‘Otherwise Occupied’ to premiere at the Venice Biennale
Internationally-renowned artists Bashir Makhoul and Aissa Deebi will present their exhibition ‘Otherwise Occupied’ at the prestigious Venice Biennale 2013 (31 May to 30 June). The exhibition, to be staged at the Liceo Artistico Statale di Venezia, is one of many collateral events associated with the Biennale, which began in 1895 and continues to embrace and promote new artistic trends.
The artists were both born inside Palestine’s 1948 borders and emigrated to become citizens of other states, operating in a globalised art world. They still think of themselves as Palestinians and are in search of new ways to imagine the nation from a distance.
The artists explain that to be otherwise occupied is to be busy elsewhere, to be engaged in activities outside the programme. For them, this means making work that does not necessarily comply with the agendas determined by the occupation. The ‘otherwise’ is an imaginary, parallel space beyond the claims of nationalism that is opened up by global cultural events such as the Venice Biennale.
Professor Makhoul, Rector of Winchester School of Art at the University of Southampton, will occupy the garden of the Liceo with thousands of cardboard box houses. The occupation will be partly made by members of the public during the exhibition, who can view the growing cardboard shanty town but will also be able to construct their own house from a stack of flat boxes. The piece will emphasise the performative aspects of occupation—the act of getting there and of filling the space.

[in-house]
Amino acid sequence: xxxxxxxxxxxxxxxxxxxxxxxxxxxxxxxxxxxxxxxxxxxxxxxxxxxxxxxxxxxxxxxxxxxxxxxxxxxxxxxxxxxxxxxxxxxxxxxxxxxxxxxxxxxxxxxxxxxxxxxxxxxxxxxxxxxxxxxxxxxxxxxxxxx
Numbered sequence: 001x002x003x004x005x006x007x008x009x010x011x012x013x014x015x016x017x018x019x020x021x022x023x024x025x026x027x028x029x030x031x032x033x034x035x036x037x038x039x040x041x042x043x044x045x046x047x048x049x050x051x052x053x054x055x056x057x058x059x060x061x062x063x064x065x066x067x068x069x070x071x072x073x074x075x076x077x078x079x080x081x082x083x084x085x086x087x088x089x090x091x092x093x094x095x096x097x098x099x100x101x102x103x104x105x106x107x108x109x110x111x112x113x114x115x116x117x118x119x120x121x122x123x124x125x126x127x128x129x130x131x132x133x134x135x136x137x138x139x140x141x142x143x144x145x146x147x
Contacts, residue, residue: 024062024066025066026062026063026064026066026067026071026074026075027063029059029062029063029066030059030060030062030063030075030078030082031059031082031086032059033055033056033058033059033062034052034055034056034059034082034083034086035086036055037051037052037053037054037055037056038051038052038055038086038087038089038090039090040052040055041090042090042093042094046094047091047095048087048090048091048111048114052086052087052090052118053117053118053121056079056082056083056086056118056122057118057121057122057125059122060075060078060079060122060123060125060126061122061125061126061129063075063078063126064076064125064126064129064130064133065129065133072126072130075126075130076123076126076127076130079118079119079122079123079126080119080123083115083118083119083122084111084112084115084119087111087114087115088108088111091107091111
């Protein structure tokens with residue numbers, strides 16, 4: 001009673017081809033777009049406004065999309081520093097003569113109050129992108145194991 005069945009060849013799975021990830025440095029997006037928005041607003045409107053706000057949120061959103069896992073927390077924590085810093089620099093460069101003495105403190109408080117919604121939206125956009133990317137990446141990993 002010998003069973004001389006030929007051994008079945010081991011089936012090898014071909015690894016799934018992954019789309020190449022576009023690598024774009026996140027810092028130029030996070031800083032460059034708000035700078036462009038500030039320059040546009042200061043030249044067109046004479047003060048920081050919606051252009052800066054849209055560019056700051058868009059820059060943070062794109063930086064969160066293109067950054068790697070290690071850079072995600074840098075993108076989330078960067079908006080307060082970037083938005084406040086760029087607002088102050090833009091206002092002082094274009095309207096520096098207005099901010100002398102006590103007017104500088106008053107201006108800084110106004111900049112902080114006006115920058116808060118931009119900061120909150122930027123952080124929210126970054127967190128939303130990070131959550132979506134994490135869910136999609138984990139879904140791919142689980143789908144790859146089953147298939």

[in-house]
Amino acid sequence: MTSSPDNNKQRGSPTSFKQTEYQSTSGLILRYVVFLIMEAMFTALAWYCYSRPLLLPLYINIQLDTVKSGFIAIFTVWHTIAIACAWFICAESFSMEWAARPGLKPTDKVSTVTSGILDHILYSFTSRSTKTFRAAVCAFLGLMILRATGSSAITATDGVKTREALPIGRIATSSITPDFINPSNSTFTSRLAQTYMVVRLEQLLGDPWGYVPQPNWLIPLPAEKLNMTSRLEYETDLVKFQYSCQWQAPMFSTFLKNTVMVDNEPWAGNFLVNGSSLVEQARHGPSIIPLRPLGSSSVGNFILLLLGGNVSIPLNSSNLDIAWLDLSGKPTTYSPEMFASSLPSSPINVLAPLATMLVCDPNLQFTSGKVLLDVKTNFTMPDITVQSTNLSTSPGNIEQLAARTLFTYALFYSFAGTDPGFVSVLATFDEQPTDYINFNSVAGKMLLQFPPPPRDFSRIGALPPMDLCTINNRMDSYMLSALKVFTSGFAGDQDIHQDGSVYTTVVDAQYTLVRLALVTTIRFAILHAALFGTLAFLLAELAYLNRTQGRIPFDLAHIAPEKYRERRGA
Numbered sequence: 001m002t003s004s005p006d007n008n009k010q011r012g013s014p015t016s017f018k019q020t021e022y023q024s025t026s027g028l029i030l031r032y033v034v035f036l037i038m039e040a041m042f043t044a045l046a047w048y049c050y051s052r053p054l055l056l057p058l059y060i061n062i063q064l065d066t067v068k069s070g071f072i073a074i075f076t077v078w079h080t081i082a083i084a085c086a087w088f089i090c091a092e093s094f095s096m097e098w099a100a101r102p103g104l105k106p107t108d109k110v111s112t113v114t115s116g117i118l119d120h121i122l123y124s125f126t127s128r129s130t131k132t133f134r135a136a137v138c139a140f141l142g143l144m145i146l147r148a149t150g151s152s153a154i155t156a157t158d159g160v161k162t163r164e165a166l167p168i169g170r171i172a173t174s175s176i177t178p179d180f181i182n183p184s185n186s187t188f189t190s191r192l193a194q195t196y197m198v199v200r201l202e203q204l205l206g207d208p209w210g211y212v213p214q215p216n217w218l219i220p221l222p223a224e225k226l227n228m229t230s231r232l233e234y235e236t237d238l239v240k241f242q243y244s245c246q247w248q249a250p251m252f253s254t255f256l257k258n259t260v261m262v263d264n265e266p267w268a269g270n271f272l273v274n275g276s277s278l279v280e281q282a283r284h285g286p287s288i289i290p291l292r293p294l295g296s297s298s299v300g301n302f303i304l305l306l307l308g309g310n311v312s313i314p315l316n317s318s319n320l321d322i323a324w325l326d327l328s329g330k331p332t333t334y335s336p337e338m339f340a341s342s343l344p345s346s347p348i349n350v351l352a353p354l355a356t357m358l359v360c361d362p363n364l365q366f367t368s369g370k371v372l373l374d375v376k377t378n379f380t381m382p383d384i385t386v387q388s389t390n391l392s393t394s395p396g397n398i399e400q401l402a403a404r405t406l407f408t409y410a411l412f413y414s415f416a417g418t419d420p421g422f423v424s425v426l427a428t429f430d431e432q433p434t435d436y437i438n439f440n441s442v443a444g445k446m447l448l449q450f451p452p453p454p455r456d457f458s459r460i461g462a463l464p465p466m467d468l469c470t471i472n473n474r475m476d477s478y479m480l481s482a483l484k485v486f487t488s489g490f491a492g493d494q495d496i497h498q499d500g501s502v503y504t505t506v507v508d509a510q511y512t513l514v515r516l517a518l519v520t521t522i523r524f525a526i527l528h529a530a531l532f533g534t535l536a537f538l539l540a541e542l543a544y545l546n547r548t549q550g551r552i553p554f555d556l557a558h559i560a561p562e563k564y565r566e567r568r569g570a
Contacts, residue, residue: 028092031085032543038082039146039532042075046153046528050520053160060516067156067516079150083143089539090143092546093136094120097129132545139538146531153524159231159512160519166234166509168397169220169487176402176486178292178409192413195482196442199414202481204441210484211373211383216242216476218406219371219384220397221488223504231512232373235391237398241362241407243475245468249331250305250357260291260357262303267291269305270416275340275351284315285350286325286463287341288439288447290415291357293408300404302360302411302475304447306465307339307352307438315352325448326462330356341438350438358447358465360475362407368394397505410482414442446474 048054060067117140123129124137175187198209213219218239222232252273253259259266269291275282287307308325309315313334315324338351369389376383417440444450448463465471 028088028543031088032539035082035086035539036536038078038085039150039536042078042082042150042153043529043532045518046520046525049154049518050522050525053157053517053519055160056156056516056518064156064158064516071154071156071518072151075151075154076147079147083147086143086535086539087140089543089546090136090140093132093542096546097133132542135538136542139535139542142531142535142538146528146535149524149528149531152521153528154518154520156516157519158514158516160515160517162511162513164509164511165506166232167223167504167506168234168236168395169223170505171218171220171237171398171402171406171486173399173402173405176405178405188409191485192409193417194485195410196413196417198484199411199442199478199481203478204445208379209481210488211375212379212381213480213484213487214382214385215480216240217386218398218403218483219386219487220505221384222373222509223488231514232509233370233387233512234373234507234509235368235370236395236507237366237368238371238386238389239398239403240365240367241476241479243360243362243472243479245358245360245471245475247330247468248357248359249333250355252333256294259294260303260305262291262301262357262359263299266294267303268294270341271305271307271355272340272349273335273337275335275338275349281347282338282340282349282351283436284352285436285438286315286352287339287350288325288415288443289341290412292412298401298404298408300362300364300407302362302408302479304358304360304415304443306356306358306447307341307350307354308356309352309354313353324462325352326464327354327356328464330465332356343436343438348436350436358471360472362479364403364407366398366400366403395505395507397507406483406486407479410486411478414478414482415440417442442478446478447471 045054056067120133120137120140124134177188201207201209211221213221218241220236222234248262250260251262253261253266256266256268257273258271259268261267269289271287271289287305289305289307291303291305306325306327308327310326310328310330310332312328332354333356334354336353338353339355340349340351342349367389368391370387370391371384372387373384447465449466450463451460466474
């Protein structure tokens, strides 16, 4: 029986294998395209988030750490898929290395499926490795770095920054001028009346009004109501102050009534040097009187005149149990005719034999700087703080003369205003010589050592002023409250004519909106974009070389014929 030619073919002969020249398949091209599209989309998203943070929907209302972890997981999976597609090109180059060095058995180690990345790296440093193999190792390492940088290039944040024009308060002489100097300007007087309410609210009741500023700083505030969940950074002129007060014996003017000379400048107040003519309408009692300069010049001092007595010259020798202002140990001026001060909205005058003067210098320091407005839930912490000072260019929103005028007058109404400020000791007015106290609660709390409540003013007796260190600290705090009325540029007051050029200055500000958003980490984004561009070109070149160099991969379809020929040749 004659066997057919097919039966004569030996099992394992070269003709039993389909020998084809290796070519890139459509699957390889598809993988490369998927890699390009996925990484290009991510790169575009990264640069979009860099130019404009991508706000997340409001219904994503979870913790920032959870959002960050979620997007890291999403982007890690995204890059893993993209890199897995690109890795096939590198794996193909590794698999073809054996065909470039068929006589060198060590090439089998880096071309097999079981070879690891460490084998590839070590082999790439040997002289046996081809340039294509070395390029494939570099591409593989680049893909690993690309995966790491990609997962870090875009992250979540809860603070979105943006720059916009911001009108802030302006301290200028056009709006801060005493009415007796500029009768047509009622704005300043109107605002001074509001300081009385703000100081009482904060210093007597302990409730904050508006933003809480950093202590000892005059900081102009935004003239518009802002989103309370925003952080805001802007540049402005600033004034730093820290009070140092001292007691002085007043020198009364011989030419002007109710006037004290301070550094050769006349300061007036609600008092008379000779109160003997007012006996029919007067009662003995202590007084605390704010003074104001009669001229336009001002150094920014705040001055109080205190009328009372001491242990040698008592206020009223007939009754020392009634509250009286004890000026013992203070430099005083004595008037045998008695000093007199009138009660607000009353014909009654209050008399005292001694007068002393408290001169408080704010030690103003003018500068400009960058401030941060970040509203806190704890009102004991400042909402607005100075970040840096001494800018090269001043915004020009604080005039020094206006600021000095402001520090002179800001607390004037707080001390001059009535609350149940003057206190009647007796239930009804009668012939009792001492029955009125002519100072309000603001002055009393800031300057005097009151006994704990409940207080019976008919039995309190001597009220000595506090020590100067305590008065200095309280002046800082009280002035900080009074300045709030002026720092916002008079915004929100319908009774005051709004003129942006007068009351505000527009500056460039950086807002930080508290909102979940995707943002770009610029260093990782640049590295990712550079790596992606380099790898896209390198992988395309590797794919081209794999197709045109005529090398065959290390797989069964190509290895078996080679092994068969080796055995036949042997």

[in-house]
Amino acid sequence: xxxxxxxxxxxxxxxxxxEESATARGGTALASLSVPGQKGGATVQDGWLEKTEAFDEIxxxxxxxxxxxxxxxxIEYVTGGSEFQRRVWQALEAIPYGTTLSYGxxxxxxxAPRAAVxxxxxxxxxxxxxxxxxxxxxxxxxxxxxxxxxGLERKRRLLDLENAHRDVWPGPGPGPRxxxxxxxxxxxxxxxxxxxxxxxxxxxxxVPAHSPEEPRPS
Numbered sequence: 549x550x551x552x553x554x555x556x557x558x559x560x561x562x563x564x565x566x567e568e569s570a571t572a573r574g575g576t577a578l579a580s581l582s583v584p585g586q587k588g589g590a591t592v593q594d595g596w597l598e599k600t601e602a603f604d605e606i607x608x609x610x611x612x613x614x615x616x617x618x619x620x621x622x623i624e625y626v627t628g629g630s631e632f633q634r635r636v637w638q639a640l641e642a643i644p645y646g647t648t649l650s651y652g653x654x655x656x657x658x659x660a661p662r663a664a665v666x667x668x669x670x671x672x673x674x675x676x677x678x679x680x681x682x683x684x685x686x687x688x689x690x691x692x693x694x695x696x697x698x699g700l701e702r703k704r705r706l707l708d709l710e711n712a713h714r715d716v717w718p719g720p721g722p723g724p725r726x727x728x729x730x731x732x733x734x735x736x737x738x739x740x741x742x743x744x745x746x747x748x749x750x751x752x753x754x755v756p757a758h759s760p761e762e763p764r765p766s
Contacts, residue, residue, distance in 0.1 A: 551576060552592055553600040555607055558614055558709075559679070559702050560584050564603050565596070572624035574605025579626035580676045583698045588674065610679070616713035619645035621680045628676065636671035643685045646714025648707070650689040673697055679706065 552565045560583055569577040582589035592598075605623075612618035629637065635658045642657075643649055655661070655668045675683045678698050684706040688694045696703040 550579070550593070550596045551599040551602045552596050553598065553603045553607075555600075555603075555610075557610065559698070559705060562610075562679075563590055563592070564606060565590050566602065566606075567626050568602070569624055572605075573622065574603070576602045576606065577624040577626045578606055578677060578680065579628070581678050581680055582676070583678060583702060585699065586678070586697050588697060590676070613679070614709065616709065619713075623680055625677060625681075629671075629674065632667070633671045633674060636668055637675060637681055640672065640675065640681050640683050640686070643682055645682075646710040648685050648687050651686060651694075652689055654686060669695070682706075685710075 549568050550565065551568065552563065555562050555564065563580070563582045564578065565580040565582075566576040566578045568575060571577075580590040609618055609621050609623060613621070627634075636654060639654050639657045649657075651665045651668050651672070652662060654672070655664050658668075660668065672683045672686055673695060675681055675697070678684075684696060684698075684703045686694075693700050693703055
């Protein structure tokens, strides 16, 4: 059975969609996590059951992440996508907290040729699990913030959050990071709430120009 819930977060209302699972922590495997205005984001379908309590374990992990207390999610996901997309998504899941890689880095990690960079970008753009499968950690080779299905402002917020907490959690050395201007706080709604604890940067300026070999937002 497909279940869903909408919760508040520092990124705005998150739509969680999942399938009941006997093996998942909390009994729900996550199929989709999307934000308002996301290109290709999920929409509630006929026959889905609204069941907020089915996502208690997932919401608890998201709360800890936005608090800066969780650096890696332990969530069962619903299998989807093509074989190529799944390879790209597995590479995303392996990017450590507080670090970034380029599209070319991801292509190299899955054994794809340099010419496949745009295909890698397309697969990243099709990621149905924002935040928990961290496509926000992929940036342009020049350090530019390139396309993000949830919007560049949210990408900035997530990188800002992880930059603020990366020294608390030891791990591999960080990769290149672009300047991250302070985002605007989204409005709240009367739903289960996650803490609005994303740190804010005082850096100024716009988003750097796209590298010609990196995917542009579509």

This exhibition is a further exploration of Professor Makhoul’s large-scale installation ‘Enter Ghost Exit Ghost’, which consists of a full-sized, interior maze and a large cardboard model of an Arab town or refugee camp and raises questions about the kinds of spaces that have emerged in sites of conflict and in the urban margins of globalization.
Aissa Deebi’s contribution to ‘Otherwise Occupied’ is entitled ‘The Trial’, a two-channel installation consisting of a re-enactment (in English) of a speech by Daoud Turki at the Haifa court house in 1973, when he was a defendant during a military trial.
Turki, a Palestinian-Arab citizen of Israel, had been arrested by the Israeli military with four other members of the “Red Front” and charged with espionage and collaboration with the enemy. Deebi is based in Cairo and New York. His works investigate a range of notions around migration and alienation and diaspora as a creative space. He is the Director of the Visual Cultures Program at the American University in Cairo.